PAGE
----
She sets out for the coast, stops
at the notch to admire the mountains,
makes note that these are truly
mountains, not the soft green
rounded foothills she calls home.
Left behind, he comes home from work
to an empty house and thinks about her
traveling through the mountains
toward the sea she loves, driving along
with all the windows fully open,
waiting for that first whiff of salt air.
Two or three times before the sun
goes down, he steps out onto the deck
to count and recount the giant hay bales
in the field below the house.
Miles and miles and hours away,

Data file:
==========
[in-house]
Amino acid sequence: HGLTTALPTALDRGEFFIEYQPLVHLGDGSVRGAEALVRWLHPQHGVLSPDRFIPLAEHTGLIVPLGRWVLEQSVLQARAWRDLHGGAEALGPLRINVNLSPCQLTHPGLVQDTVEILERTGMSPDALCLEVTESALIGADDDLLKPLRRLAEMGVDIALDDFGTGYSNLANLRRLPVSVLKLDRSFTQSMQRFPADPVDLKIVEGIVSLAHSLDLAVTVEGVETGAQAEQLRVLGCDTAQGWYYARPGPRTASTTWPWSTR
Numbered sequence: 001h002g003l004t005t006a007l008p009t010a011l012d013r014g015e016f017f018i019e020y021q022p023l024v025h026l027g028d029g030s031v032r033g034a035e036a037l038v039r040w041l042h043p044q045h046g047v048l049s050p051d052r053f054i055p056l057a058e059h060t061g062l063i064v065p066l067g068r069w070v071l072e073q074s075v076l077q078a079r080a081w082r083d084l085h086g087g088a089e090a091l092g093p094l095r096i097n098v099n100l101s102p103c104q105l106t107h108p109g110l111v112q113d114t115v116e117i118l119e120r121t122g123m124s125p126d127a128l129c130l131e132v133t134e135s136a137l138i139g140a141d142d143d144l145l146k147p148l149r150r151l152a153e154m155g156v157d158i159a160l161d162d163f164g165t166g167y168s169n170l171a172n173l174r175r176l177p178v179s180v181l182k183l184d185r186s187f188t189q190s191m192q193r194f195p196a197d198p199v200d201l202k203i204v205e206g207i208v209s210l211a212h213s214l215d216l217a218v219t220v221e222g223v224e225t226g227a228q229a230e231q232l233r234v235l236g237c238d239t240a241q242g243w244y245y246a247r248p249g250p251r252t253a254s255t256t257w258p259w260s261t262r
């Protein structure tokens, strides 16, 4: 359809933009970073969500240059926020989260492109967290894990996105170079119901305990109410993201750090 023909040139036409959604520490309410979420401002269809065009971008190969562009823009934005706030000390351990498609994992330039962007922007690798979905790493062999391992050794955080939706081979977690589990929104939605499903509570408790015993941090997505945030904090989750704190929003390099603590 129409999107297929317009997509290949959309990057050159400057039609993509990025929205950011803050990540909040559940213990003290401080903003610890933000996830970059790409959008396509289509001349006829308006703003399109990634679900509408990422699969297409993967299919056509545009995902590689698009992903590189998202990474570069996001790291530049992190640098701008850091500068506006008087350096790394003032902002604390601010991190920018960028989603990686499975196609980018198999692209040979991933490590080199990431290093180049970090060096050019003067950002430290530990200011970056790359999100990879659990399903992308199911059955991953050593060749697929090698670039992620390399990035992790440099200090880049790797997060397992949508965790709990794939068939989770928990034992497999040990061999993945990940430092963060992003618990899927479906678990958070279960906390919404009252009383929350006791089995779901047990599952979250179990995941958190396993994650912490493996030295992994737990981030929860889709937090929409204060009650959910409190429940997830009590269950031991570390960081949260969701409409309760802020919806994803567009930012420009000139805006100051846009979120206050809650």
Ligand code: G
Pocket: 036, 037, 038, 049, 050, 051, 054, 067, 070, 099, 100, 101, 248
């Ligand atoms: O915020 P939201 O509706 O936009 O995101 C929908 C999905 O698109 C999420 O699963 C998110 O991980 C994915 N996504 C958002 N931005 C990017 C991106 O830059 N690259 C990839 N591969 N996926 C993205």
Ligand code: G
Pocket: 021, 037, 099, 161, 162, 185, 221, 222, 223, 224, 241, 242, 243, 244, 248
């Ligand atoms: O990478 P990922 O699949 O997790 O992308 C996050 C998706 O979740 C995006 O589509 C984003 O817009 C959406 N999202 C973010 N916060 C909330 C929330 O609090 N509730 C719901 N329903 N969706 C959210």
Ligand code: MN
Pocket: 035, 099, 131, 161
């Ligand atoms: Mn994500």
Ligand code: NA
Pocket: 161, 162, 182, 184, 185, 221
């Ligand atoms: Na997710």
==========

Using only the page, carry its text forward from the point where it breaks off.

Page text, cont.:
under a just-past-full moon, the road
ceases to unfold before her. She sits,
gazing out at water, satisfied, having
melted her mountains in the sea.
Around midnight, before bed,
he goes out to stand on the deck and
count the bales one last time,
the way a shepherd counts his sheep.
He stares out at the horizon,
thinking about how ridgelines
remind him of waves.